Pauwelyn: Defenses and the Burden of Proof in International Law
By Joost Pauwelyn
Source: International Law Reporter
November 8, 2016
Modern treaties include an increasingly complex set of rules, carve-outs and exceptions, ensuring, for example, the policy space of states. Their impact may be tempered also by outside instruments or custom. International law disputes, in turn, are increasingly fact-intensive, addressing, for example, complex scientific, environmental or economic questions. This double evolution enhances the role, in international litigation, of defenses and the importance of who carries the burden of proof for them. Some international tribunals may spend more time than necessary on questions of burden of proof and different types of claims in defense (dispute settlement at the World Trade Organization (WTO) comes to mind); most, however, tend to under-estimate the issue and do not devote it enough attention (for example, the International Court of Justice).
The burden of proving a defense is said to be on the party invoking it. As trite as this proposition may sound, in international law, it hides a far more complex litigation reality. Distinctions must be made both in terms of (i) types of claims in defense, and (ii) types of burdens this may impose (or not) on the respondent.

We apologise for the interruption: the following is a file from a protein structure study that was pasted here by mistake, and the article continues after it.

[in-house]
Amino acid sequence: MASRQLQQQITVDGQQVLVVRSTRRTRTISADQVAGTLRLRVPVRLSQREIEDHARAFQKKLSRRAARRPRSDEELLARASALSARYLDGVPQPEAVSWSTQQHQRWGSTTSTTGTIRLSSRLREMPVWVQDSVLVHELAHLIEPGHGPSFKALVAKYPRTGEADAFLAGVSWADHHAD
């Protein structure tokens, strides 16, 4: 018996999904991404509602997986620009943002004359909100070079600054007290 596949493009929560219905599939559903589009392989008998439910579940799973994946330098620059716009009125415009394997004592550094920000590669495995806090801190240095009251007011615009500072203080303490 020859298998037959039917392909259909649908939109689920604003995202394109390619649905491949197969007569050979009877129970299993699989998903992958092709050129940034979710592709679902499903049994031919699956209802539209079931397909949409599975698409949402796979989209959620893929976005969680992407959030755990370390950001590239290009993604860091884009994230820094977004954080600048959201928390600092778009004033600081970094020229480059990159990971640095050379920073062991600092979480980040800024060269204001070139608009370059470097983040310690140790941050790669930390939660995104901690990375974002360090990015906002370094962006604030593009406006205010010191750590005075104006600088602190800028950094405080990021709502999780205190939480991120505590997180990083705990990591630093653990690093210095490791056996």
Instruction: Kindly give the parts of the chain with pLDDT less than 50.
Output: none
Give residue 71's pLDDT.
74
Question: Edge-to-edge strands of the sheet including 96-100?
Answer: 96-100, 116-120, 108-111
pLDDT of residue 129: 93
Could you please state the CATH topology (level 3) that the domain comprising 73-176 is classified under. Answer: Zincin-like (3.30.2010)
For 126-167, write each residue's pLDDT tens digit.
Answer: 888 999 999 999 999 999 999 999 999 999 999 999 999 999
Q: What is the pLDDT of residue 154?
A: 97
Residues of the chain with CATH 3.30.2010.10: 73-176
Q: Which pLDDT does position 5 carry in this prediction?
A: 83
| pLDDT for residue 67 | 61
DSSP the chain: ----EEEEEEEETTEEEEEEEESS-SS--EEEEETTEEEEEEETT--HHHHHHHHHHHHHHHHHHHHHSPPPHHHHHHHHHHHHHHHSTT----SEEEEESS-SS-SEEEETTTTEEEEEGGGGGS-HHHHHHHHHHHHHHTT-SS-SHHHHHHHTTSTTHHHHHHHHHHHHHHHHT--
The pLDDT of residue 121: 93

This paper distinguishes six different “claims in defense”: (i) objections to jurisdiction, (ii) objections to admissibility, (iii) exemptions/alternative rules, (iv) absence of breach, (v) exceptions, and (vi) defenses under secondary rules.
For each of these six “claims in defense”, five types of “burdens” on the parties or tribunal are identified: (i) burden of raising a claim in defense, (ii) burden of production of evidence, (iii) burden of persuasion (or real burden of proof), (iv) standard or quantum of proof and (v) standard of review.
Although for some claims in defense some types of burden are on the defendant, this is certainly not the case for all.